- Laura A: “I. love. toys. I’d rather have a new Dunny than dinner, so having Rotofugi in the neighborhood makes me a very, very, happy girl. I am a compulsive blind box buyer so if anyone ever wants to trade…find me.”
- Brenna O: “I am still skeptical about this whole ‘toy as art’ thing and how expensive some of the pieces can be. Luckily there are plenty of cheap toys that you can buy without feeling like you’re missing out.”
Whereas skeptical Brenna will probably remain in the cubicle collector category, it sounds like Laura is teetering precariously on the edges of becoming a Casual Collector.
Casual collectors may be new to the scene. A friend may have drawn them in. They still have friends. They still have money. Casual collectors happily buy toys, take them out of their boxes and display them. They patronize neighborhood stores and chat on toy bulletin boards. Families and kids are among the largest growing groups of casual collectors. More about that in tomorrow’s segment on retail.
I tried to get a sense of whether casual collectors liked blind boxes, and the reaction was mixed. Those who enjoy the blind box experience all said the same thing: they like the thrill. Those who don’t enjoy the blind box marketing strategy cited: the hassle of duplicates, high cost and low quality and wanting to collect bigger and more unique pieces. Virtually all respondents had in common the fact that they’d joined the Kidrobot forums in the last year. The majority of fans who favored blind boxes had discovered Kidrobot in the last six months.
An 18-year old male with a join date of January 2009 sums up the casual fan mentality: “I’ve only been collecting for a few months, so I still feel like I need that rush of excitement.”
I went in search of longer-term fans over at Vinyl Requiem. Here, I found collectors who joined the toy forum back in 2007. An anonymous poll showed an equal percentage of fans think blind boxes are fun and annoying. A few fans find them to be a rip-off, and one no-nonsense person shrugs them off as necessity. Well, whether free-spirited or frustrated, fans in this category share the commonality of being hardcore into toys.
Serious collectors spend hundreds of dollars a month (or more) on their passion. Among them, there are variations: fans who follow particular artists (Kaws or Kathie Olivas), companies (kaiju) or series (Dunnys or Be@rbricks). They have been collecting for many years and will fly to Tokyo or spend more than your mortgage payment in pursuit of a rare piece.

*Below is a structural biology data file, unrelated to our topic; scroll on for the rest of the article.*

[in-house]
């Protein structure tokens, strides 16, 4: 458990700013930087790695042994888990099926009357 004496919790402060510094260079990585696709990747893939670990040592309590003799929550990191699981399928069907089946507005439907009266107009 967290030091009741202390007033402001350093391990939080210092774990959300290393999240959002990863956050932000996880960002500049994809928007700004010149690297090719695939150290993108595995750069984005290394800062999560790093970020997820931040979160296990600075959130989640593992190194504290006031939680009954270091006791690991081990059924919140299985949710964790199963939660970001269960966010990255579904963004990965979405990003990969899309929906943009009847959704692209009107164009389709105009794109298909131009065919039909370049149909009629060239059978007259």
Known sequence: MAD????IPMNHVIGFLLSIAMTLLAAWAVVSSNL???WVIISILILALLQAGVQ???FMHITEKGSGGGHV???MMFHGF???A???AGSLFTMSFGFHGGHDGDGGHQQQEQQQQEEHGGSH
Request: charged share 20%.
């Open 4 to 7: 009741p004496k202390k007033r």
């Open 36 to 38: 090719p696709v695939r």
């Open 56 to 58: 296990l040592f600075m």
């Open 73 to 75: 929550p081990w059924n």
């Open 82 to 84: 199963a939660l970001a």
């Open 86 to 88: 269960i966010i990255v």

On Vinyl Requiem’s forums, collectors reminisced about the “old days” when a case was “almost a guarantee that you’d get the whole set.” They decried duplicates, but admitted dupes are good fodder for customs. Many collectors are also artists. Per Reactor88: “I like what David Horvath did with his new mini series: blind box so there’s still some randomness for the folks that enjoy the mystery and surprise, but if you want the whole set you just buy a case and you’re guaranteed to get everything.” Cris Rose summed it up like this: “By establishing a collection, gaining knowledge and becoming a little more savvy about the scene, blind boxes lost a lot of their charm.”
BUT…even among hardcore collectors, exceptions occur. I asked dedicated Kathie Olivas fans whether they would have preferred MINDstyle’s blind boxed Scavengers series to have been window boxed like MINDstyle’s Mechtorians. I thought I knew the answer, but I was surprised: some serious fans still enjoy buying blind. The reason? They trust the company and particularly the artist. Several people said they would buy artwork sight unseen from Doktor A and Le Merde. And Chris Ryniak recently sold a $200 blind Bug Jar custom toy in 3 minutes.
The conclusion remains inconclusive. For some fans of a particular artist, company or series, the thrill of the chase can become less appealing than cutting to the chase. For other fans, that is just part of the fun. Sales strategies that please blind box lovers and haters are both possible and profitable. Lots can be learned by just starting a conversation. Please come back tomorrow for more fun with toy retailers.
A few final “tweets” on the topic…
Go Forward to Part 3 – Toy Stores
Go Back to Part 1 – Toy Companies
[You’ve been reading a 5-part investigative series I originally wrote for ToyCyte over the course of a week in March of 2009. It’s being reprinted here in its entirety, including reader comments.]